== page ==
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February 2014 Precipitation Summary
State of Hawaii
MONTH: February 2014
PREPARED: March 6, 2014
Note: This summary uses the arithmetic mean, or average, for “normal” rainfall values.
State: [Text data table for rain gages]
A large and persistent area of low pressure in the central North Pacific pushed several weather systems over the state with rather wet conditions in a number of areas during the first three weeks of February. This stagnant pattern broke down to a more progressive pattern during the final week of the month which resulted in one weak cold front passage across the state on February 26, followed by a stronger cold front which swept across the island chain in early March.
Two heavy rain events, both of which occurred on Kauai, produced notable flooding impacts. The first event took place on February 16 as a rain band from a low pressure system west of the main Hawaiian Islands impacted Kauai. Moderate to heavy rainfall, in the range of 1 to 4 inches, moved onshore in the early morning hours and mainly affected the south- and east-facing slopes of the island. Flooding closed Weliweli Rd. and Ala Kinoki Rd. near Koloa, Kamalu Rd. near Wailua, and Keapana Rd. in Kapaa. No significant injuries were reported. Several days later, a surface trough supported by an upper atmospheric disturbance brought another round of heavy rainfall to Kauai on February 21 with most of the rainfall once again affecting the south- and east-facing slopes. This rain event was a bit stronger with a few totals in the range of 3 to 5 inches. The most intense rainfall was recorded by the gage at Anahola which logged 1.03 inches in the 15-minute period from 5:15 to 5:30 AM HST. Along the lower slopes of south Kauai, heavy rainfall and runoff closed Puolo Rd. in Hanapepe and pushed water levels in the Hanapepe River nearly up to the base of the Hanapepe Rd. Bridge.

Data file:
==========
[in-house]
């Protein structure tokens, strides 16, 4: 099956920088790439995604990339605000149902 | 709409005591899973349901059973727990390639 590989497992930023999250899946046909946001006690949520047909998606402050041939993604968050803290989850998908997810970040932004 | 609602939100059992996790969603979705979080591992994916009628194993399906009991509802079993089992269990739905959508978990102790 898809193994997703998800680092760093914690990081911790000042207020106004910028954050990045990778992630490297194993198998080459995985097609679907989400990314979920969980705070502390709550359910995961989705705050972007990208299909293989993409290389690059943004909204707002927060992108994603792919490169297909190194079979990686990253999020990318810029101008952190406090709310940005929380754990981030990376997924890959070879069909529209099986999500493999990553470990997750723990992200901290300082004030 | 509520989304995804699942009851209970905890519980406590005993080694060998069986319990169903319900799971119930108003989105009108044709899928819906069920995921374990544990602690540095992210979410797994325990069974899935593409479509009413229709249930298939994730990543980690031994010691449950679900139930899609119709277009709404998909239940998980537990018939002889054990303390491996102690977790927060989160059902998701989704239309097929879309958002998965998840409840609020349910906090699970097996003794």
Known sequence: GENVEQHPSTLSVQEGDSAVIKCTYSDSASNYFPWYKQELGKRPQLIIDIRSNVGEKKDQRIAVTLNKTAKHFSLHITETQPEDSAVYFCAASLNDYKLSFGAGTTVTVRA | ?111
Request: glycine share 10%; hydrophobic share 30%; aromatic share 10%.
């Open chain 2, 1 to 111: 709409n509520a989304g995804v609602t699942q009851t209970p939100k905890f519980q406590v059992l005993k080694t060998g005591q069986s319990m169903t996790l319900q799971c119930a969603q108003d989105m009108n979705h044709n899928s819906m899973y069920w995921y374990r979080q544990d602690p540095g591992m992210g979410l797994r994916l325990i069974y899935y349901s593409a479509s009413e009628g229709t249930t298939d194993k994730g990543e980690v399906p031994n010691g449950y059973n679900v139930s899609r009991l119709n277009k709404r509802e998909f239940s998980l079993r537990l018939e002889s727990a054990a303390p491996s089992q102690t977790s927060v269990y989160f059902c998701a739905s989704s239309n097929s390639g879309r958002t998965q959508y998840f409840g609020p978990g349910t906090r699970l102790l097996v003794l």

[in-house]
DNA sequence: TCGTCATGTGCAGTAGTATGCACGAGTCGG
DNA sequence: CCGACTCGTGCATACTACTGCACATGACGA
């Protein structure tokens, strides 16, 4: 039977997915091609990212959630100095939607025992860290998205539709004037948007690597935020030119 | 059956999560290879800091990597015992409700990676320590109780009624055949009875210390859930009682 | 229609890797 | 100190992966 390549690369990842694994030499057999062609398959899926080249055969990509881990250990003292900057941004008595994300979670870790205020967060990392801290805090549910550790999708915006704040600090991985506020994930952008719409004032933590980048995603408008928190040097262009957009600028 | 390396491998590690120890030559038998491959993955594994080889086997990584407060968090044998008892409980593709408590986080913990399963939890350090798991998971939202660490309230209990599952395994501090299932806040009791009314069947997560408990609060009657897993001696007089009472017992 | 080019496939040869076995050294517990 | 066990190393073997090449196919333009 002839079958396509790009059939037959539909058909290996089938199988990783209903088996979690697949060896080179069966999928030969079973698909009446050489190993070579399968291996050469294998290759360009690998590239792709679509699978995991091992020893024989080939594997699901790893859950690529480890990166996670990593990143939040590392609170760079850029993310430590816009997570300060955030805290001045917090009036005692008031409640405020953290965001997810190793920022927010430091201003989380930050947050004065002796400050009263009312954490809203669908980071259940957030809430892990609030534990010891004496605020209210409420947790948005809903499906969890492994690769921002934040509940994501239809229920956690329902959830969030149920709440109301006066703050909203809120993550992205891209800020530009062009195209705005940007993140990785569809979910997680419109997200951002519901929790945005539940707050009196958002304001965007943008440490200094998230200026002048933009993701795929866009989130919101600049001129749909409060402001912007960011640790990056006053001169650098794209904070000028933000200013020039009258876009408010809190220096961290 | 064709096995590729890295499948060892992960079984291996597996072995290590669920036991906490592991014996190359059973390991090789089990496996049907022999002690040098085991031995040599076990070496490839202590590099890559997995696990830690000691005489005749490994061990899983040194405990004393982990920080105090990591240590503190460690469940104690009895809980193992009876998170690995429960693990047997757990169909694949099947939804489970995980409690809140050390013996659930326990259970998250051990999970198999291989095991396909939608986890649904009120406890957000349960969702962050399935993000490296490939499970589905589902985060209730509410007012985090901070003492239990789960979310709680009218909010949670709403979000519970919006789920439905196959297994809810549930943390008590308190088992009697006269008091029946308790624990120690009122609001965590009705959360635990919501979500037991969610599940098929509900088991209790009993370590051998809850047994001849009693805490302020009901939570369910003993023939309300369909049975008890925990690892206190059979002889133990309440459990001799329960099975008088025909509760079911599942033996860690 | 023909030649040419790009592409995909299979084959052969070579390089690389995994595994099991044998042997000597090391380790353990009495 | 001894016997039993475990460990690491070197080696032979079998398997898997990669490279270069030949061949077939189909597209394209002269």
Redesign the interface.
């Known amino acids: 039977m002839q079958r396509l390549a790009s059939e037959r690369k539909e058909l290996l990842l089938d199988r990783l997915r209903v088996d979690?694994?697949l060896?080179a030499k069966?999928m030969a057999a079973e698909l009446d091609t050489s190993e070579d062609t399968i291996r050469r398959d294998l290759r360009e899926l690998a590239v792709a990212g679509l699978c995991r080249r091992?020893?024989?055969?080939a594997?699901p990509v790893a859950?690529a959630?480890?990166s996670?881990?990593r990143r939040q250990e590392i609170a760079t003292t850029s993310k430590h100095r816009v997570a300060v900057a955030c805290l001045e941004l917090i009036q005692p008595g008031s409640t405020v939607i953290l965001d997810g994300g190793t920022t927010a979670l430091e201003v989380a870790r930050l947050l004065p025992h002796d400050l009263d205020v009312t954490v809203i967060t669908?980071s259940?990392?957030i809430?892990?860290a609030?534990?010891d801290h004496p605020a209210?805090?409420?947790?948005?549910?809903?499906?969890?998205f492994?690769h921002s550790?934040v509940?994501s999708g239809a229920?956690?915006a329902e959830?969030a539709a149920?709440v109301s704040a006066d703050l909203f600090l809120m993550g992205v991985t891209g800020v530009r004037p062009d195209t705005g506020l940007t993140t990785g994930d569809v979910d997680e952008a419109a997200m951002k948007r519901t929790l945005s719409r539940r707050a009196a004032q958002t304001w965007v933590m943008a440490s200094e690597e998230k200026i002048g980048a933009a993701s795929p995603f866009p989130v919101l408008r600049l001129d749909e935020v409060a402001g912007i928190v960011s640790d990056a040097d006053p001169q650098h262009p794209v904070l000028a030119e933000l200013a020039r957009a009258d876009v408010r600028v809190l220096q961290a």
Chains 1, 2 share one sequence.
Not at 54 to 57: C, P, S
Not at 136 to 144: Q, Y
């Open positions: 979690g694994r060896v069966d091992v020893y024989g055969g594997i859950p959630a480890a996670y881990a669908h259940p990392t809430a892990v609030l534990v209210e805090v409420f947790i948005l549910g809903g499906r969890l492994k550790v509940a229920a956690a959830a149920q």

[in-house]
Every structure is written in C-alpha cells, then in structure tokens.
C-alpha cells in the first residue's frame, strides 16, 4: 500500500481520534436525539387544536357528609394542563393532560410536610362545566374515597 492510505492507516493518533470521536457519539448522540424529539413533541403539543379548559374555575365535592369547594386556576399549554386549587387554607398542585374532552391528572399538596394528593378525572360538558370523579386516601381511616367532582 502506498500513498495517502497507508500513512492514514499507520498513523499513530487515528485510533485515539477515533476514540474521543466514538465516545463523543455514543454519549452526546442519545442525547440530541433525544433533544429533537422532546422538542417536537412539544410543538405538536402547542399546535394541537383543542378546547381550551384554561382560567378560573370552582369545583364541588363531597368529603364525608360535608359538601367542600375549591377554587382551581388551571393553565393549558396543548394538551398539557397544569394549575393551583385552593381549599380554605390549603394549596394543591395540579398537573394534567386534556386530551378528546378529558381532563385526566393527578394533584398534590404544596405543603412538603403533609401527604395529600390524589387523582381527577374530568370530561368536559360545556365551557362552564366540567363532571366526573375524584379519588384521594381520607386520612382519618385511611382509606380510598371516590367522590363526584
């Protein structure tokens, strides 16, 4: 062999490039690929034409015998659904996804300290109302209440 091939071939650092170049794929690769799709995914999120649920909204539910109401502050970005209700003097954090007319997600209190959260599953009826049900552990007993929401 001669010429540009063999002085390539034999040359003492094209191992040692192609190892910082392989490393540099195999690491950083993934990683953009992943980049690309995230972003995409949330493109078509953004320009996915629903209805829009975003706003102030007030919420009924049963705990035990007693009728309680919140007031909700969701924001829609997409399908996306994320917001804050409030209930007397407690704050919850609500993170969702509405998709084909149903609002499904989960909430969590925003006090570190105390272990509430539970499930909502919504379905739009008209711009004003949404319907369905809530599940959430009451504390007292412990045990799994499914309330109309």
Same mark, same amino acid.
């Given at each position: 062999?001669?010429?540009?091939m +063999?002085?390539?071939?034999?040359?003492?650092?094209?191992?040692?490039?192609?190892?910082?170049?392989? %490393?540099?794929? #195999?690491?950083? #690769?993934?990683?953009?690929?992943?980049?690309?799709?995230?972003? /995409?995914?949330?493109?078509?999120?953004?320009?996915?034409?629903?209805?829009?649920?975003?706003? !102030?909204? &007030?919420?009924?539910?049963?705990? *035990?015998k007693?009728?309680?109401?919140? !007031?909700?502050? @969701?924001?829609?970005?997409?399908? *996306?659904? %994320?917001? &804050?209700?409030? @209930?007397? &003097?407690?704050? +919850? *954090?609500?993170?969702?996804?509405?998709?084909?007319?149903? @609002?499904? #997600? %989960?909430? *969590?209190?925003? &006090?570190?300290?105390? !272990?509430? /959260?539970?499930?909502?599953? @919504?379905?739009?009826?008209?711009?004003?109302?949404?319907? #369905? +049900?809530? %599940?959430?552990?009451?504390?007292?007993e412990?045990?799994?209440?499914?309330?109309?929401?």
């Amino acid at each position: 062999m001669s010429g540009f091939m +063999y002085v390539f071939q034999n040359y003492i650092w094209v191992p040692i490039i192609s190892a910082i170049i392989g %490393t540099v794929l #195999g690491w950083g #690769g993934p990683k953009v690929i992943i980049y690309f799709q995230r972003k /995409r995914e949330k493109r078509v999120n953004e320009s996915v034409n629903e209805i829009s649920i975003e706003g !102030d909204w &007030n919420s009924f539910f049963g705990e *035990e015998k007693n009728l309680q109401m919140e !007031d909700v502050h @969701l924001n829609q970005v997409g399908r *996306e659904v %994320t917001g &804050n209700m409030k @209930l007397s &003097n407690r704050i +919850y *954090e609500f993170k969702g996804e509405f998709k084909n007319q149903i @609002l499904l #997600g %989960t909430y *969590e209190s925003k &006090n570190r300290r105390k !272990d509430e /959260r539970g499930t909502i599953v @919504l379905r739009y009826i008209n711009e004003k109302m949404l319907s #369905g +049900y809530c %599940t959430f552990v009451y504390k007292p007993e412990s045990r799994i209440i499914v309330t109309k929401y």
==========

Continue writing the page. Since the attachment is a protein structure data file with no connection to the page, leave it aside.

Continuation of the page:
Several additional weather systems brought enhanced precipitation to the state but did not produce significant flooding problems. On February 3 and 4, a cold front remnant supported by an upper level low pressure trough generated 1 to 2 inches of rainfall and minor flooding over portions of Molokai, Maui, and the Big Island. Over a week later, on February 13, a slow-moving cold front dropped 1 to 4 inches over the north-facing slopes of Kauai but there were no significant flooding issues.
Island of Kauai : [February 2014 map] [year-to-date map]
Most of the gages on Kauai logged above average rainfall totals for the month of February. The Kapahi gage had both the highest monthly total of 21.72 inches (287 percent of average) and the highest daily total of 5.09 inches on February 16. The gages at Kapahi, Lihue Variety Station (14.03 inches), and Anahola (15.69 inches) all posted their highest February totals in a data record going back to 1993.
Rainfall totals for 2014 through the end of February were in the near to above average range at most of the rain gages across Kauai. The sole exception was the U.S. Geological Survey’s (USGS) Mount Waialeale gage with a year-to-date total of 33.03 inches. This was just 67 percent of the long term average. The highest year-to-date total was from the USGS’ Kilohana gage which has recorded 37.84 inches (128 percent of average) and was the highest amount statewide thus far in 2014.
Island of Oahu: [February 2014 map] [year-to-date map]